Dan Rather loves telling people about the time he tried heroin...for journalism. Now liberal New York Times columnist Maureen Dowd wrote in a Tuesday column about traveling to Colorado to experience the progressive new world of legalized pot. Suffice it to say, her experience was, well, quite the adventure.
Dowd detailed how she inhaled a pot-filled candy bar, and the resulting psychological effects. Let’s just say her encounter with marijuana was something less than a stoner’s fantasy. She describes, that, after about an hour, she “felt a scary shudder go through my body and brain. I barely made it from the desk to the bed, where I curled up and lay in a hallucinatory state for the next eight hours.”
She continued to discuss the frightening–and somewhat amusing–hallucinations she felt from her apparent pot overdose:
I strained to remember where I was or even what I was wearing, touching my green corduroy jeans and staring at the exposed-brick wall. As my paranoia deepened, I became convinced that I had died and no one was telling me.
Dowd became aware in an interview the next morning that the candy bar was “supposed to be cut into 16 pieces for novices, but that recommendation hadn’t been on the label.” Who would have thought that a liberal columnist could ever come to realize the dangers of legalized pot?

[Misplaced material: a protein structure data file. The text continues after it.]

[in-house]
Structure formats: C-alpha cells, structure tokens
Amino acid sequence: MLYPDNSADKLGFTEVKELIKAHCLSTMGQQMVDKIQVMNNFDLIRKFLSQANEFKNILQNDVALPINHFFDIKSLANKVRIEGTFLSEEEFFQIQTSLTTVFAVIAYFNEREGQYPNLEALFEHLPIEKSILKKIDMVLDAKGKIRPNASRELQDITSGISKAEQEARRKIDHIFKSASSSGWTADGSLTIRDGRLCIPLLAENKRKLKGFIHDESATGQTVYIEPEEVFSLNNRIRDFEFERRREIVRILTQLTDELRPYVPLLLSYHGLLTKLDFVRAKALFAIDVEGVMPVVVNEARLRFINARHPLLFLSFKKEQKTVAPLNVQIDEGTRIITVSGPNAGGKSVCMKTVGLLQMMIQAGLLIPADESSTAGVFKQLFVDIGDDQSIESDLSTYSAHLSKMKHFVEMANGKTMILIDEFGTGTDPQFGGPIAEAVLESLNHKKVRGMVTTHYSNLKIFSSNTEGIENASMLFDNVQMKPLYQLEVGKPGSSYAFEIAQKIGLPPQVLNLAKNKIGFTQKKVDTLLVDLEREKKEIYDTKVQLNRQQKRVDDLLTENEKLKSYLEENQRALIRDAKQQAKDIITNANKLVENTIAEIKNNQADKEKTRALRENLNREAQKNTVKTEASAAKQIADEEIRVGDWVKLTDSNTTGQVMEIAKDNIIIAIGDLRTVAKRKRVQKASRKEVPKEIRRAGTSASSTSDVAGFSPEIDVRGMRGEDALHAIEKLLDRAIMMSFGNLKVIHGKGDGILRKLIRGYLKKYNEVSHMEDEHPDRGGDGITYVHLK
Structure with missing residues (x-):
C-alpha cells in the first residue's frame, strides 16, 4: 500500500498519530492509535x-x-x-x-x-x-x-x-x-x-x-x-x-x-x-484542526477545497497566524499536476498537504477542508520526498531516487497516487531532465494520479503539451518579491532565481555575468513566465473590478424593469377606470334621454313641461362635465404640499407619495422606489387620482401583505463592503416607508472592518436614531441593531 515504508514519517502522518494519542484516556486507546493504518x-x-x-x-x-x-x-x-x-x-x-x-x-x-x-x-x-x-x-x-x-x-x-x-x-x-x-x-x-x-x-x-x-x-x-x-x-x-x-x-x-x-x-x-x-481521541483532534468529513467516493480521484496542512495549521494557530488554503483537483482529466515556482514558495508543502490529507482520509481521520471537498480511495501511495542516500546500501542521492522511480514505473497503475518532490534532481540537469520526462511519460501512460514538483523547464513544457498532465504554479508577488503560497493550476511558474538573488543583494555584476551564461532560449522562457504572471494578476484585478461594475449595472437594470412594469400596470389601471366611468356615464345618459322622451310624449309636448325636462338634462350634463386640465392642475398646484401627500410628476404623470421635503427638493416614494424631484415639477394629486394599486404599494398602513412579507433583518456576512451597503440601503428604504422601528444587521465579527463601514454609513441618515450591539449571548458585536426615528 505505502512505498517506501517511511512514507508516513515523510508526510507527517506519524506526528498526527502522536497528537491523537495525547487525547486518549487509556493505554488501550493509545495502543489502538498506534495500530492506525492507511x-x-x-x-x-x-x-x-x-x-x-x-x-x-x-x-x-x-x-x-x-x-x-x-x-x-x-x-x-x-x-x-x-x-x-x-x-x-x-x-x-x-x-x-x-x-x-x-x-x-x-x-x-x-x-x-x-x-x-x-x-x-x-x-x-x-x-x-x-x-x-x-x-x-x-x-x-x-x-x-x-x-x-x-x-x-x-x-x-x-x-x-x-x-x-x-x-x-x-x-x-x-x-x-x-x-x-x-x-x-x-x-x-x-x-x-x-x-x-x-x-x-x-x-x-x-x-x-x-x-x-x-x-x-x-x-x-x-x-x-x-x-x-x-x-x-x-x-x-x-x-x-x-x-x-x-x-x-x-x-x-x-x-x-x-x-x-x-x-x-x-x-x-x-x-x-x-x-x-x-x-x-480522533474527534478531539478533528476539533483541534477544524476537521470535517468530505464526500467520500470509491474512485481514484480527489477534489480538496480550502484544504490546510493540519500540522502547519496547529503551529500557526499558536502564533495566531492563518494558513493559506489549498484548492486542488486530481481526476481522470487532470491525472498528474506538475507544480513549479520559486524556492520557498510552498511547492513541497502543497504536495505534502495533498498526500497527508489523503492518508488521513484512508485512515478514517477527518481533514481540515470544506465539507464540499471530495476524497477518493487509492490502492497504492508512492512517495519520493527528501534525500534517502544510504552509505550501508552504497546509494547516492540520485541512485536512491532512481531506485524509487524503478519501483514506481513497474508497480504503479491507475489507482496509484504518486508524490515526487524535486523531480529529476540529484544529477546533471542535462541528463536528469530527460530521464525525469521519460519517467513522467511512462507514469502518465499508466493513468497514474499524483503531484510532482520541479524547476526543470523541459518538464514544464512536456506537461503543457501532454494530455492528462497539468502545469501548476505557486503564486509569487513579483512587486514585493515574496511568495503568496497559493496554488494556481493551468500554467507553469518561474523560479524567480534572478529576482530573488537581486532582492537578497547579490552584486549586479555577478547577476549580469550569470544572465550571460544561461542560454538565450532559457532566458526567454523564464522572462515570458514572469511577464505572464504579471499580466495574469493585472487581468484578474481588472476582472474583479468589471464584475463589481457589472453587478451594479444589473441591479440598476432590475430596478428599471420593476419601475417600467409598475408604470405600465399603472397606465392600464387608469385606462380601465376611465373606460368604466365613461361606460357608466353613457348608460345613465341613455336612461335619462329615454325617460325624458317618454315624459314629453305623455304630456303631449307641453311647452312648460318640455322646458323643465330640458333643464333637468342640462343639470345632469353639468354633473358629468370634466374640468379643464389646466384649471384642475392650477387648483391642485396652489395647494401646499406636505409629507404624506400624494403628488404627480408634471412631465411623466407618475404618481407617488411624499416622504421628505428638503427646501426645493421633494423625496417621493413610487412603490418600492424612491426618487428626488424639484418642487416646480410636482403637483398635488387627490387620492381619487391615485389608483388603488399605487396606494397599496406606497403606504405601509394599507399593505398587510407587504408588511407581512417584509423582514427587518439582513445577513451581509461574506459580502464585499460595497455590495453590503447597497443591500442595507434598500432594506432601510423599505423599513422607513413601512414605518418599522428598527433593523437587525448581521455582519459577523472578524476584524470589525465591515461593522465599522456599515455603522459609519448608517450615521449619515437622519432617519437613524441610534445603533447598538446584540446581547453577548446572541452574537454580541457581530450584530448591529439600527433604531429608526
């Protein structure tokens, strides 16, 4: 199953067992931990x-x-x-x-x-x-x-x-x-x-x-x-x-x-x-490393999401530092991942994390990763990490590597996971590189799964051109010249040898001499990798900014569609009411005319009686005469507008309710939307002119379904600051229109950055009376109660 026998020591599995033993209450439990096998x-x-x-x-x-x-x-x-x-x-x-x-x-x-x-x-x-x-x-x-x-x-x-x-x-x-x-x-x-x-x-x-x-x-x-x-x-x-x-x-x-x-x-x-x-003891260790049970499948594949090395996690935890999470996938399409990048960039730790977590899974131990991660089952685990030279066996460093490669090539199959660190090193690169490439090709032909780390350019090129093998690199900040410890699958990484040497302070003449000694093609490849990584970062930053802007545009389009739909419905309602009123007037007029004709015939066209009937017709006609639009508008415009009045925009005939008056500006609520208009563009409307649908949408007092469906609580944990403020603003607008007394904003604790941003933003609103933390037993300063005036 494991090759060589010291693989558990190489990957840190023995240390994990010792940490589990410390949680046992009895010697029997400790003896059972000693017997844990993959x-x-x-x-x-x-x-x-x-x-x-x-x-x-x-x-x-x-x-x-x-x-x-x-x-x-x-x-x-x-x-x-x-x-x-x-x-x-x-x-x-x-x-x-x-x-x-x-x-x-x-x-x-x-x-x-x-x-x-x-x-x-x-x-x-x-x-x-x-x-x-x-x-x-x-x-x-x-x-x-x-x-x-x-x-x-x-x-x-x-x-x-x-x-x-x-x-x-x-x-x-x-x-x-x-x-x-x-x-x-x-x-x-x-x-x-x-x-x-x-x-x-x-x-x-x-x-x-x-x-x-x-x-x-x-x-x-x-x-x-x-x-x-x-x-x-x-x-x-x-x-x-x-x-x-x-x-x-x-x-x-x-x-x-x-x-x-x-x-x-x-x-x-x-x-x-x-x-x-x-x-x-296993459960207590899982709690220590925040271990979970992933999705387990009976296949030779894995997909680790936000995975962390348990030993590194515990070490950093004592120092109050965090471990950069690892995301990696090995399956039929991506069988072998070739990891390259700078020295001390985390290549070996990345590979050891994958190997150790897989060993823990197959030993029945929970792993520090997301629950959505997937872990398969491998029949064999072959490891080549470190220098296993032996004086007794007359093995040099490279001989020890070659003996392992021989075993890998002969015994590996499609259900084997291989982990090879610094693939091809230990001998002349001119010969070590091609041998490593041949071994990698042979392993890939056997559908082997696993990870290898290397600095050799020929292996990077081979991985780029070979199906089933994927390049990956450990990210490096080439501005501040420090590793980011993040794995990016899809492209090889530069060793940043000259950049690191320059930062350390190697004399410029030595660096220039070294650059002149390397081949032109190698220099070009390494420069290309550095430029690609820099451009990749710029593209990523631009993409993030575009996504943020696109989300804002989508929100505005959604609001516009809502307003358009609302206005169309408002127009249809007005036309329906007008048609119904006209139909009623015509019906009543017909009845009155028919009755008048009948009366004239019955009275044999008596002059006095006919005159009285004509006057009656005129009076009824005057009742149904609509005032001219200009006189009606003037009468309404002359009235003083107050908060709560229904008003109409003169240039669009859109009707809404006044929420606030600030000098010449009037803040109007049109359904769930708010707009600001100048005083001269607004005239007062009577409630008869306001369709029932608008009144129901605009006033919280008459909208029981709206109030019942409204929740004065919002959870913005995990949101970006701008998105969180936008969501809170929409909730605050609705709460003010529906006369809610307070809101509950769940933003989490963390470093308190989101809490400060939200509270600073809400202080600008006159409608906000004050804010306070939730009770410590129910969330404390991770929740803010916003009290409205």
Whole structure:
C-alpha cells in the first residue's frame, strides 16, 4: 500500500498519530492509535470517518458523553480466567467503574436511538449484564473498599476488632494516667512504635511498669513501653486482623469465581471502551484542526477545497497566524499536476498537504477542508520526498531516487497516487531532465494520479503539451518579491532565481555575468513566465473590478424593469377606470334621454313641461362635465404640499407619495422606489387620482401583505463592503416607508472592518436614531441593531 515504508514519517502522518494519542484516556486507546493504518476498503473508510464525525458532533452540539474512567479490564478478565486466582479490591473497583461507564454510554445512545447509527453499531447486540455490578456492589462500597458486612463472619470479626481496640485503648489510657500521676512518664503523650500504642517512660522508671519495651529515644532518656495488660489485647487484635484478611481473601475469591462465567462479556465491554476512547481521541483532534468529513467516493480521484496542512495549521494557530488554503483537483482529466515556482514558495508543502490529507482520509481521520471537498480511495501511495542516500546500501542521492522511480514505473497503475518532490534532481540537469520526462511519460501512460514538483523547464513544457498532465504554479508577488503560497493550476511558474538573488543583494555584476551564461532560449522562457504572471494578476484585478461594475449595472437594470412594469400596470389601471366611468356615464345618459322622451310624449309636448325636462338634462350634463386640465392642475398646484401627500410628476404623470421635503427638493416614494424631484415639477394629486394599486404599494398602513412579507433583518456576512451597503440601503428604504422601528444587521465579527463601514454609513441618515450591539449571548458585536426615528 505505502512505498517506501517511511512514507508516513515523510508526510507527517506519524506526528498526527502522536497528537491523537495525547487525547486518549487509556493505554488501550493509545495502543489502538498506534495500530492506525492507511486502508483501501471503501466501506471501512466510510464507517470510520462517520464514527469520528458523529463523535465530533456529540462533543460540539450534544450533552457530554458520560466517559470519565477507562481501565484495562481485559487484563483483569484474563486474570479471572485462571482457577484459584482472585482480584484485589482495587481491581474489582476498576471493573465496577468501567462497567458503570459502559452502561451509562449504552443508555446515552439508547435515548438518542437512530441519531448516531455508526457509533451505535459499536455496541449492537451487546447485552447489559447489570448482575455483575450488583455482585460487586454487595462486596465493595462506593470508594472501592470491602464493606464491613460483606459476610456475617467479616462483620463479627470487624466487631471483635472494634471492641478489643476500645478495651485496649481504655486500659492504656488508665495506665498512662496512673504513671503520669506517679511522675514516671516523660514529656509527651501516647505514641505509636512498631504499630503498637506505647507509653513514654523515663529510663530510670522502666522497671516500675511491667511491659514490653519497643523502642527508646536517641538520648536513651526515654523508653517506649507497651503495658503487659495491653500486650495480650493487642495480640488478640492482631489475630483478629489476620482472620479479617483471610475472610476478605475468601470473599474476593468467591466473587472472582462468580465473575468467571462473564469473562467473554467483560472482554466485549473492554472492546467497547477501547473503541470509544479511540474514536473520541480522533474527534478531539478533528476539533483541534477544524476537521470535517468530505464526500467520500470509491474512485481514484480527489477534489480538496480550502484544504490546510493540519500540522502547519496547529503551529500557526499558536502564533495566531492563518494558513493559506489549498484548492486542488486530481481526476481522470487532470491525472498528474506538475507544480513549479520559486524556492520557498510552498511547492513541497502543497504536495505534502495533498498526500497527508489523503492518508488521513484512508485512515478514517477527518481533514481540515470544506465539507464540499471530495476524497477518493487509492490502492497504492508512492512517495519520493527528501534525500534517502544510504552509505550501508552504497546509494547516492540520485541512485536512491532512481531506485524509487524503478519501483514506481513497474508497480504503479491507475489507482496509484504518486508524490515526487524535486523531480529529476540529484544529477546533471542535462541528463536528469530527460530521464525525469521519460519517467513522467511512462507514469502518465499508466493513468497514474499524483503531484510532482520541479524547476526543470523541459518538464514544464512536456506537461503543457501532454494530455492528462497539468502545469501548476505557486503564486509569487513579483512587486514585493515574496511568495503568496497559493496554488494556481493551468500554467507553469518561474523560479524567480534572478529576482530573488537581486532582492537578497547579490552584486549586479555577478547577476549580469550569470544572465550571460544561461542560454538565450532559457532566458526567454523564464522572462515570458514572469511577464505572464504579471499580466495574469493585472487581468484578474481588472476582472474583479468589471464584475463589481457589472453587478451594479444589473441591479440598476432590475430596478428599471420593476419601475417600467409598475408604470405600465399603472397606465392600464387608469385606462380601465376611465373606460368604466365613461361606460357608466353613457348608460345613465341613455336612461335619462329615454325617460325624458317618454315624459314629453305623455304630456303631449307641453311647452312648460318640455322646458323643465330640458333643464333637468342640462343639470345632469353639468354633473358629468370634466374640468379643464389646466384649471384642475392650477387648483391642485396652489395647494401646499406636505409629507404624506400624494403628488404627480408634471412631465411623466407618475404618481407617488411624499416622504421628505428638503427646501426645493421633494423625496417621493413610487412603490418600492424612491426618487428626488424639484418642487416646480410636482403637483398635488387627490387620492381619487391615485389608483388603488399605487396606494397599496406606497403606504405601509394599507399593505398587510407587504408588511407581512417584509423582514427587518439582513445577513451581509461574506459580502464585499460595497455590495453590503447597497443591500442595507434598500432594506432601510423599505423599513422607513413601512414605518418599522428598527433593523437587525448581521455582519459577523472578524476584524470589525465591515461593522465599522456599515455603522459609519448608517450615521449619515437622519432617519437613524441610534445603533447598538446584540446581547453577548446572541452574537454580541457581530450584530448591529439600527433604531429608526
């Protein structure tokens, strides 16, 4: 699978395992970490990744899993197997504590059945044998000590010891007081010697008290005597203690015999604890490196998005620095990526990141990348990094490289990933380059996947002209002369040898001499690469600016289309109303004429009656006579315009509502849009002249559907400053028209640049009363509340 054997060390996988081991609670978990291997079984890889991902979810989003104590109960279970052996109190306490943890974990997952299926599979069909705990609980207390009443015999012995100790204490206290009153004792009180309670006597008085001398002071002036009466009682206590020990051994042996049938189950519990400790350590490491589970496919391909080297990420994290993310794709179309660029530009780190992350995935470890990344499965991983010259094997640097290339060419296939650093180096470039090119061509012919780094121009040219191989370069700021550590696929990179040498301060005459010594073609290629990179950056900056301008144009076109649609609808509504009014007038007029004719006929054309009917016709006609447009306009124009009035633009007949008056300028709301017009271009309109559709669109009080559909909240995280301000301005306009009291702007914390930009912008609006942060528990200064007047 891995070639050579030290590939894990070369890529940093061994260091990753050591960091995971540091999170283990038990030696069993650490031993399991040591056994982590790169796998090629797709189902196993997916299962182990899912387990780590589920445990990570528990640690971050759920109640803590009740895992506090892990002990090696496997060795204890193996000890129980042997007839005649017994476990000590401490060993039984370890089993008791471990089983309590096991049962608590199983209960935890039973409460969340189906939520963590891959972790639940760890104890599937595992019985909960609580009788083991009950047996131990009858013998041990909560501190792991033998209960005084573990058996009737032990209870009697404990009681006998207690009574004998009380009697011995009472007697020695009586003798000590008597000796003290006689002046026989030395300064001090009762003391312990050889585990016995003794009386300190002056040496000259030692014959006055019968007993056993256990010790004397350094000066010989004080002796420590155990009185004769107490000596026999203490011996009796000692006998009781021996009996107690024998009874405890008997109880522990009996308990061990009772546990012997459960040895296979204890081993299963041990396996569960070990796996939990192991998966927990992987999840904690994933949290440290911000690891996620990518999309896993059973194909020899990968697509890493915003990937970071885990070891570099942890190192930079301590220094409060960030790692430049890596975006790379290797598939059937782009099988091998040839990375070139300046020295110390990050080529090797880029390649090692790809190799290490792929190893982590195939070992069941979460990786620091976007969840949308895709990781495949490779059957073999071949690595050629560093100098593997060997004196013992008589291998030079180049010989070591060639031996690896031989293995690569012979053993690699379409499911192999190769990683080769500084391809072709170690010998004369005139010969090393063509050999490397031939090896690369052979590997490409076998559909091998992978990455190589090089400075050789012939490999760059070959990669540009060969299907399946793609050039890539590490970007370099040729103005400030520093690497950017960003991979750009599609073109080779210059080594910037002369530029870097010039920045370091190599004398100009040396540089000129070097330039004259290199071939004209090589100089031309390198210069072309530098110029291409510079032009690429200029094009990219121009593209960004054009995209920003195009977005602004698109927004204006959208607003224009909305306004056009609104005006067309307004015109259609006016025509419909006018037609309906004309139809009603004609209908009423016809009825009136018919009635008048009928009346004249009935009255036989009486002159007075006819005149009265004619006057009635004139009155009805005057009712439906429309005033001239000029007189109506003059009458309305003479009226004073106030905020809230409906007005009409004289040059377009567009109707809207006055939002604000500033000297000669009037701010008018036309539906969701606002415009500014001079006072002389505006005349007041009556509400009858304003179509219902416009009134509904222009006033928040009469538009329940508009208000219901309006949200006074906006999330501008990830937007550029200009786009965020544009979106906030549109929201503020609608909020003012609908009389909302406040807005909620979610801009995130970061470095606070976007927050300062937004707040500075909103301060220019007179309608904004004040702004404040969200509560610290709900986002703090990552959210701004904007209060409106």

It must be news to Ms. Dowd that large doses of marijuana–or even regular recreational use–have the real potential to cause or contribute to crippling paranoia, anxiety, mood disorders, and other psychological problems.
And as long as the marijuana industry continues to be relatively unregulated–as Dowd notes, there are major issues with uneven dosing in various forms of pot candy–these complications may persist. Of course, even with proper regulation, it is impossible to know the catastrophic psychological effects legalized pot will have on teenagers and young adults.
Dowd certainly chose a bizarre route to highlight the dangers of legal pot in Colorado, but she does have a point: there are serious issues with the product in its current state. And, as Governor Jerry Brown (D-Calif.) eloquently put it, “how many people can get stoned and still have a great state or a great nation?”